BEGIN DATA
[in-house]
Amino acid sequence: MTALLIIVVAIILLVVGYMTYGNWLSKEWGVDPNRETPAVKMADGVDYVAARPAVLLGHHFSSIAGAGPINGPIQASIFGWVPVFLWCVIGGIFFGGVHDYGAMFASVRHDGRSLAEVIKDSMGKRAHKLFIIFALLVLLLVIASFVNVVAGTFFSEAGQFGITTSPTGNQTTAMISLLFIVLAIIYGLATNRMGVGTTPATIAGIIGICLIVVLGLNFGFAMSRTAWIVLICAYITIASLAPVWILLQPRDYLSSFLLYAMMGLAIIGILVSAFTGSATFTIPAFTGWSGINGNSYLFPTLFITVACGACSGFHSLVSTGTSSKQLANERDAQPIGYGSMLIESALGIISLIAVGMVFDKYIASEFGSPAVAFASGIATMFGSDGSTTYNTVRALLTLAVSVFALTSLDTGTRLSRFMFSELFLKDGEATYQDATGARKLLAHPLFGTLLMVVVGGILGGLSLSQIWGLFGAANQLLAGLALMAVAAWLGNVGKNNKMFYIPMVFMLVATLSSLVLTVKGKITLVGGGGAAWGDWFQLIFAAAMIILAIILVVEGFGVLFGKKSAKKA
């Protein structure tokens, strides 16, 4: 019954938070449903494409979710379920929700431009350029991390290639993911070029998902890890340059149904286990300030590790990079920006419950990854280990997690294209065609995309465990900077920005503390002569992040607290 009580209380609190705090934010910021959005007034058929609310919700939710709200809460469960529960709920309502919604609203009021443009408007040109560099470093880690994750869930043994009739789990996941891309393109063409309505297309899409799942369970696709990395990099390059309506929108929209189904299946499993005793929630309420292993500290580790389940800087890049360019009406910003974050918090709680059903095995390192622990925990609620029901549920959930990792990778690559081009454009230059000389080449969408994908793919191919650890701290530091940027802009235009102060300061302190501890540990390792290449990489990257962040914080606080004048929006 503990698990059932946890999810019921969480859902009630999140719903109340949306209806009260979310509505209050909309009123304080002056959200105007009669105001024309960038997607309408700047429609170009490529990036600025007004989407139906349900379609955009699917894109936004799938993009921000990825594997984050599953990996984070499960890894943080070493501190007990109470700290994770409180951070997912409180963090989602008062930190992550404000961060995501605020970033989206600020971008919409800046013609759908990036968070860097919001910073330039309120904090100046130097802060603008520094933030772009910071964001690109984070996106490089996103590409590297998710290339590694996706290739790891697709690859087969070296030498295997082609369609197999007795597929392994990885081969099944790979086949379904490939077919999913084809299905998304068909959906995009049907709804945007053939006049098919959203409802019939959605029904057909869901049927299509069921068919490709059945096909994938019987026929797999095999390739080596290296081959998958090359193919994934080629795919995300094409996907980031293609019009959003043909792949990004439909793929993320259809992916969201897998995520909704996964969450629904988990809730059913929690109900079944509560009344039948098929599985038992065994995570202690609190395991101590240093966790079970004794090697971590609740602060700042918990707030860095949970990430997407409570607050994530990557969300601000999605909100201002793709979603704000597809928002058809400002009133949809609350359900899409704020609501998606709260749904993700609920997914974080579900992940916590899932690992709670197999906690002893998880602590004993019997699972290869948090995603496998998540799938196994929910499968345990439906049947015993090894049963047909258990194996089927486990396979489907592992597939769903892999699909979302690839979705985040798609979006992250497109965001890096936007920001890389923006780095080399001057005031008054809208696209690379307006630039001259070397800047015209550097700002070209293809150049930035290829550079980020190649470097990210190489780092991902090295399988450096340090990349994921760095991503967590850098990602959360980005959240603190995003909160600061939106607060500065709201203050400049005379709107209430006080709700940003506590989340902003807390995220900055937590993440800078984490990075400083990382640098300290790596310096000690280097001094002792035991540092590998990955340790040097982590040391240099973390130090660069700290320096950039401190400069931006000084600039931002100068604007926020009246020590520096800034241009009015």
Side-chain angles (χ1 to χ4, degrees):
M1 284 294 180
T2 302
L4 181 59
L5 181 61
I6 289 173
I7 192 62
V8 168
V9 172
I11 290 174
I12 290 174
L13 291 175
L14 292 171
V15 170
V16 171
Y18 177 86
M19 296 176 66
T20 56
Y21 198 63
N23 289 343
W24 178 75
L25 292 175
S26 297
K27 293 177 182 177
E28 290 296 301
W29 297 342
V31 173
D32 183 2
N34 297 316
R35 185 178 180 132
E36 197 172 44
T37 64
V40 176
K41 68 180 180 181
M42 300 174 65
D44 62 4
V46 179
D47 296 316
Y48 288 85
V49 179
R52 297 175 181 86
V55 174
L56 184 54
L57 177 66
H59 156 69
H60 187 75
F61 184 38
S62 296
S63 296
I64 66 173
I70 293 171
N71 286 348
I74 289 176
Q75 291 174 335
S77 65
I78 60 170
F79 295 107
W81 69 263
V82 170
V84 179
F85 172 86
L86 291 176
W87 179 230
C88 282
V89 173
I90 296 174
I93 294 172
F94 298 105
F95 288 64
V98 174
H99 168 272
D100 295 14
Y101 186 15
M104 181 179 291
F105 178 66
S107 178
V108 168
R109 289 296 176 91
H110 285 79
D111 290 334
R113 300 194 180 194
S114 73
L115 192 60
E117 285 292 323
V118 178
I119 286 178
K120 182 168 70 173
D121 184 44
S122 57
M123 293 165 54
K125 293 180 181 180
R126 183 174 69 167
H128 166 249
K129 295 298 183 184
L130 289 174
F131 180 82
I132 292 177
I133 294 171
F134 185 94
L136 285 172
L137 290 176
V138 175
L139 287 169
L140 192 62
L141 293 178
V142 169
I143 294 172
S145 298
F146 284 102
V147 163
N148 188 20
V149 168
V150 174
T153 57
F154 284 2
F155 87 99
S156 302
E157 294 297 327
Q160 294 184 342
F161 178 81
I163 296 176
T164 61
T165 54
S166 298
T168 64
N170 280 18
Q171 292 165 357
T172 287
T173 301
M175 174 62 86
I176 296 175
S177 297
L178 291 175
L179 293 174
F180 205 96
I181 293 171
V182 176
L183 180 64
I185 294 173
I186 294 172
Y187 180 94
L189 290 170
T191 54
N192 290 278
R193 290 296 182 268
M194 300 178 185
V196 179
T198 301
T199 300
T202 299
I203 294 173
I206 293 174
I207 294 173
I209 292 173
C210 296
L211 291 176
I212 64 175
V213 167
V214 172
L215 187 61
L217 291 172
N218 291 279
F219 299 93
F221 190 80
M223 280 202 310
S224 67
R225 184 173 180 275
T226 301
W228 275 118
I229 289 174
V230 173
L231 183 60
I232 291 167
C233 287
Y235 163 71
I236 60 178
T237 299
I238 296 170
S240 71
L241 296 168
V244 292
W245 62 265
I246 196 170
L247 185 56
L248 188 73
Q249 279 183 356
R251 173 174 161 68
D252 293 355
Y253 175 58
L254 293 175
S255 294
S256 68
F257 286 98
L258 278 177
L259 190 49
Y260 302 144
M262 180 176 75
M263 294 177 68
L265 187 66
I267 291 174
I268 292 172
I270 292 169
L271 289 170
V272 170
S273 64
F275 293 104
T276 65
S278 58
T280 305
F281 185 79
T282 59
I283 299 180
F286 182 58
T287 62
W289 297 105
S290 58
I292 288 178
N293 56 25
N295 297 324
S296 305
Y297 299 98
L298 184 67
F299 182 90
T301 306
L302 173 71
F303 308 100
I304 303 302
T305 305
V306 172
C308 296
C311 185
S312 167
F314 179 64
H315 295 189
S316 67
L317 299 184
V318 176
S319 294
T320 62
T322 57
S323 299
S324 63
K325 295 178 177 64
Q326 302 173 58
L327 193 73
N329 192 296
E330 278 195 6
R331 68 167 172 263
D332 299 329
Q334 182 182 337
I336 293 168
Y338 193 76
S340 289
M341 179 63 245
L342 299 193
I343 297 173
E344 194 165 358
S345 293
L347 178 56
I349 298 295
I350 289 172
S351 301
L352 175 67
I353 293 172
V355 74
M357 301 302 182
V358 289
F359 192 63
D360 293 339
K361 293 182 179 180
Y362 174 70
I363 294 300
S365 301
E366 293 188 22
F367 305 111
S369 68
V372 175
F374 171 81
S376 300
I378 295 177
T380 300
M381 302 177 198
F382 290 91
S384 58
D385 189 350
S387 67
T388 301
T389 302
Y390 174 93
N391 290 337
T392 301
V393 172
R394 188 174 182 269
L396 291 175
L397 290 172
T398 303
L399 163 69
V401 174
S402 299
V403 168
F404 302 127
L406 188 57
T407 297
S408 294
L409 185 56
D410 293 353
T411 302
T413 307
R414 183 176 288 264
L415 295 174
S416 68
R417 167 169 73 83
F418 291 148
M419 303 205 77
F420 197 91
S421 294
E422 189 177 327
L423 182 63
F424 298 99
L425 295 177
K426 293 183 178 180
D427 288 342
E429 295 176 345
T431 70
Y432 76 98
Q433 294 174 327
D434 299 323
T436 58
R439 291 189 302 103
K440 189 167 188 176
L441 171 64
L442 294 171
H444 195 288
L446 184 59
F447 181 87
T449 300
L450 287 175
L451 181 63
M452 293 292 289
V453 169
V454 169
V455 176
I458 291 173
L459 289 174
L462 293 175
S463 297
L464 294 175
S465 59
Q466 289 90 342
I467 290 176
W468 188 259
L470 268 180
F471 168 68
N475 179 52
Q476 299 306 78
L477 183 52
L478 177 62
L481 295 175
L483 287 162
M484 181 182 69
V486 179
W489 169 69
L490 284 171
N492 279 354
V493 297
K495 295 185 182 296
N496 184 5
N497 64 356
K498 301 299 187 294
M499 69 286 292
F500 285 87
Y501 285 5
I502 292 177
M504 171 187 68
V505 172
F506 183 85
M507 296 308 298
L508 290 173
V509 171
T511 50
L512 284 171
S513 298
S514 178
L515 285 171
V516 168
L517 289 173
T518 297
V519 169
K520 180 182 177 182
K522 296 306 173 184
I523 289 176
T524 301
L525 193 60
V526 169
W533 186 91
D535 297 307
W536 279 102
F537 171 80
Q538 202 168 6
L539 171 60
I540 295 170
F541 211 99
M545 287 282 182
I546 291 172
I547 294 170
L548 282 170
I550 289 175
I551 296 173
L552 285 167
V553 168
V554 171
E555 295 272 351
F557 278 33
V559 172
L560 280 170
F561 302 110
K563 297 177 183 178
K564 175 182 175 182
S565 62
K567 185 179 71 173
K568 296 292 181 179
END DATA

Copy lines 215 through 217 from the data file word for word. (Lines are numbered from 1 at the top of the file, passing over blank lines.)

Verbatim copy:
I283 299 180
F286 182 58
T287 62